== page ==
Fixed Versus Variable Interest Rates

Banks charge fixed rates or variable rates. Fixed rates remain the same throughout the life of the loan. Initially, your payments consist mostly of interest payments. As time goes on, you pay a higher and higher percentage of the debt principal. Most conventional mortgages are fixed-rate loans.

Variable rates change with the prime rate. When the rate rises, so will the payment on your loan. With these loans, you must pay attention to the prime rate, which. is based on the fed funds rate. With either type of loan, you can generally make an extra payment at any time toward the principal, helping you to pay the debt off sooner.

How Are Interest Rates Determined?

Interest rates are determined by either Treasury note yields or the fed funds rate. The Federal Reserve sets the federal funds rate as the benchmark for short-term interest rates. The fed funds rate is what banks charge each other for overnight loans.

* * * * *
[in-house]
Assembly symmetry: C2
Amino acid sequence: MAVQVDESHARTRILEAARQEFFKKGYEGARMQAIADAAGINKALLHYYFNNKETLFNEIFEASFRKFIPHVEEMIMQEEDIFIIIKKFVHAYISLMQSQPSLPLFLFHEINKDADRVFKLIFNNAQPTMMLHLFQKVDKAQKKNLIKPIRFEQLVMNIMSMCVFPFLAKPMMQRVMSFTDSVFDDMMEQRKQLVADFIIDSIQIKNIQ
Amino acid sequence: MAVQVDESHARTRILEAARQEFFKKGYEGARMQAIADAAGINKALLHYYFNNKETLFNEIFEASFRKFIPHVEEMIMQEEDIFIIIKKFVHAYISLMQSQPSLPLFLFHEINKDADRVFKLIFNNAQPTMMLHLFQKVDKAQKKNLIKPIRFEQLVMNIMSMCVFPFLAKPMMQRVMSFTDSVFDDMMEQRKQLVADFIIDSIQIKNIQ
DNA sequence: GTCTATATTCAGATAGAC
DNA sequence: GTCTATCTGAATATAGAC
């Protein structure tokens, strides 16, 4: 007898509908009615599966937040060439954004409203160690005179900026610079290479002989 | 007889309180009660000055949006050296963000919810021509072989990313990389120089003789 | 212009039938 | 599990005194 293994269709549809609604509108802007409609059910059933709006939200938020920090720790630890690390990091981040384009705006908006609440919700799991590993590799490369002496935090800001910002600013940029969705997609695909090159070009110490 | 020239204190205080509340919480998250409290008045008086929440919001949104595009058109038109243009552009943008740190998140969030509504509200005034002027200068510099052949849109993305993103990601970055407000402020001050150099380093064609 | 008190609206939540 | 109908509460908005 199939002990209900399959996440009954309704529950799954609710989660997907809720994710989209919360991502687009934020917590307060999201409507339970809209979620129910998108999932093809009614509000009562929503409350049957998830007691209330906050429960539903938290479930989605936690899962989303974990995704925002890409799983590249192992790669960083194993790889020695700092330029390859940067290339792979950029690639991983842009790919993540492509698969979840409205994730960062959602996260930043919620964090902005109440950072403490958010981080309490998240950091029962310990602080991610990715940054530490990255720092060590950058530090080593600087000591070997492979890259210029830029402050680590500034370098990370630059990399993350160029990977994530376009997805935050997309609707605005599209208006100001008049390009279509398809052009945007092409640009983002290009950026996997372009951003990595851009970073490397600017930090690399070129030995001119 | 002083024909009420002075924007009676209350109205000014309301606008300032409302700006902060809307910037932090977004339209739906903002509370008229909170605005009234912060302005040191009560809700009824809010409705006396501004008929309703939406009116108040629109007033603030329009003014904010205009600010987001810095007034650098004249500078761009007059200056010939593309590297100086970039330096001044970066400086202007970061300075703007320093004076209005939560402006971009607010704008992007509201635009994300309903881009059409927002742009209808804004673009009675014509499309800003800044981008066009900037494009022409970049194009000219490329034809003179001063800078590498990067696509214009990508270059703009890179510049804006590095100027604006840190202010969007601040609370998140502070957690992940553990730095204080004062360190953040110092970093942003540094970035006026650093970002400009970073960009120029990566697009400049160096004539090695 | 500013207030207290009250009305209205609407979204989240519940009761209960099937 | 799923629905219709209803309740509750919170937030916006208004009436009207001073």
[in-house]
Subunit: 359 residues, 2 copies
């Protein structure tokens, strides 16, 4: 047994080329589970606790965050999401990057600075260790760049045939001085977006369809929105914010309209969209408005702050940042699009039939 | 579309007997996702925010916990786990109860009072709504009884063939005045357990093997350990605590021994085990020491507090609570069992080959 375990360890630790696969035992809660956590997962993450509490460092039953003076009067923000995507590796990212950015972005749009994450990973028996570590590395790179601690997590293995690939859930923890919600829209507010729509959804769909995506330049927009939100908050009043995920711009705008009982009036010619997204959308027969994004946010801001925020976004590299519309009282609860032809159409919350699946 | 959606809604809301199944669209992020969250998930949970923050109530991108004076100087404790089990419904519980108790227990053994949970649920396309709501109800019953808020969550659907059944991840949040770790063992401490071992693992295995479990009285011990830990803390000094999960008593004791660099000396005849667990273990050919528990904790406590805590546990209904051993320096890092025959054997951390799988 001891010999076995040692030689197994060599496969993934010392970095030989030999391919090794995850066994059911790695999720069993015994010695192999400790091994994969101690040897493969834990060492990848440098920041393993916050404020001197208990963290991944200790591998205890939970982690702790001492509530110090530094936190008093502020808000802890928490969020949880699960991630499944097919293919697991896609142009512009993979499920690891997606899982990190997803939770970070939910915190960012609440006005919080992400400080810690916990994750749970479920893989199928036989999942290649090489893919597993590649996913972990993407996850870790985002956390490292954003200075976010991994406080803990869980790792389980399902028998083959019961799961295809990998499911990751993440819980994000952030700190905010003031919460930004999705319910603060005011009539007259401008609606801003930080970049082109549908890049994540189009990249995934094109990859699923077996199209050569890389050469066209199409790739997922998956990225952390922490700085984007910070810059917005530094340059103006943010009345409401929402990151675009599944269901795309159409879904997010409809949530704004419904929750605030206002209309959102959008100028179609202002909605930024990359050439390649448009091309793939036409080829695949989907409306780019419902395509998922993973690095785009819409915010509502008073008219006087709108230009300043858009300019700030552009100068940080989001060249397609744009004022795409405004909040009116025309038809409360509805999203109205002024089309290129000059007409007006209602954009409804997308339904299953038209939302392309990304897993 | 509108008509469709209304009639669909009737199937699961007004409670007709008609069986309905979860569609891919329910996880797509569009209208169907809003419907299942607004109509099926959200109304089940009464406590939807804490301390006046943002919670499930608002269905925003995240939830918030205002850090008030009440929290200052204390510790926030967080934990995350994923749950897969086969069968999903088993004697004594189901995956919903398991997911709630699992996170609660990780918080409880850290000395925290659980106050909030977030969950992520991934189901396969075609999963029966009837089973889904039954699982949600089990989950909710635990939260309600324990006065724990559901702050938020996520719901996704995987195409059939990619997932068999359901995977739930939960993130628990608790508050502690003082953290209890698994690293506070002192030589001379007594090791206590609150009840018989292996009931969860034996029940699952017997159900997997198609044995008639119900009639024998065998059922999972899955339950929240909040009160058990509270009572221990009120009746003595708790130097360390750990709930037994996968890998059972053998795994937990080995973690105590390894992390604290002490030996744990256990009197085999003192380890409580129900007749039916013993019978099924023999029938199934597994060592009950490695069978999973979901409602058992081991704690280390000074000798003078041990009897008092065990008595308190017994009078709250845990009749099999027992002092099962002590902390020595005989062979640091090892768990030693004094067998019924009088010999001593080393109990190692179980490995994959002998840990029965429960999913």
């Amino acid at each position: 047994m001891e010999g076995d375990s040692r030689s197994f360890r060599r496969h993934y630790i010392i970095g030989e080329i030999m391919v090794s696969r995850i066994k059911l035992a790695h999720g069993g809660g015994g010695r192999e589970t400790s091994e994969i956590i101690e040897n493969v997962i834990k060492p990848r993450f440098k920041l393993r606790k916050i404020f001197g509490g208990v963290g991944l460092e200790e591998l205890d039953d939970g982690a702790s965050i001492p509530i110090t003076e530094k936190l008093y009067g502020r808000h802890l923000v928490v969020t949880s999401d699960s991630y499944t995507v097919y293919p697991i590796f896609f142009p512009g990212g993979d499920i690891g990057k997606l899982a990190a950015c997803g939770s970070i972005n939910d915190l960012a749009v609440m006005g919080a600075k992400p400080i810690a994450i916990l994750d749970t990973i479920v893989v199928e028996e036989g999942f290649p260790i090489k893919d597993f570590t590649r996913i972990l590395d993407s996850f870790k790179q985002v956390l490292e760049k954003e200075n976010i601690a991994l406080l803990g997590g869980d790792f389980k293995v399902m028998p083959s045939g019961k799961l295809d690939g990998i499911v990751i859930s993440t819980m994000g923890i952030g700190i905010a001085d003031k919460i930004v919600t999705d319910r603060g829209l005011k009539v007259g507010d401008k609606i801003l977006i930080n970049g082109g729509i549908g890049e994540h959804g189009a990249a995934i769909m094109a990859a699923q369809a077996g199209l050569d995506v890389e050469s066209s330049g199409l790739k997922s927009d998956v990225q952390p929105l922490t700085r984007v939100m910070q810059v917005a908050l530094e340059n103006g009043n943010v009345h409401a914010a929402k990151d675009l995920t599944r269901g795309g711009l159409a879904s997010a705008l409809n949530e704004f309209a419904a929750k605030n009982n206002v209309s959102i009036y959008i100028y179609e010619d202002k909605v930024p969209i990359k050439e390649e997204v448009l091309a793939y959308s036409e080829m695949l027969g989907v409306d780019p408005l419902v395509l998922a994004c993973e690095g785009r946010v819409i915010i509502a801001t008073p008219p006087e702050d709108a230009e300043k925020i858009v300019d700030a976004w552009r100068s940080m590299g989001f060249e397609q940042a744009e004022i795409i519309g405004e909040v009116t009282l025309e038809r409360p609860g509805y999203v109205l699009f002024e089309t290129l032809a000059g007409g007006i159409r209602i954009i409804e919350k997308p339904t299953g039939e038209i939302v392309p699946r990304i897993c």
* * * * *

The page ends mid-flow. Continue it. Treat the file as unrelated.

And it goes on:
The fed funds rate affects the nation's money supply and, thus, the economy's health.

Treasury note yields are determined by the demand for U.S. Treasurys, which are sold at auction. When demand is high, investors pay more for the bonds. As a result, their yields are lower. Low Treasury yields affect interest rates on long-term bonds, such as 15-year and 30-year mortgages.

Impact of High Versus Low-Interest Rates

High-interest rates make loans more expensive. When interest rates are high, fewer people and businesses can afford to borrow. That lowers the amount of credit available to fund purchases, slowing consumer demand. At the same time, it encourages more people to save because they receive more on their savings rate. High-interest rates also reduce the capital available to expand businesses, strangling supply. This reduction in liquidity slows the economy.

Low-interest rates have the opposite effect on the economy. Low mortgage rates have the same effect as lower housing prices, stimulating demand for real estate. Savings rates fall. When savers find they get less interest on their deposits, they might decide to spend more. They might also put their money into slightly riskier but more profitable investments, which drives up stock prices.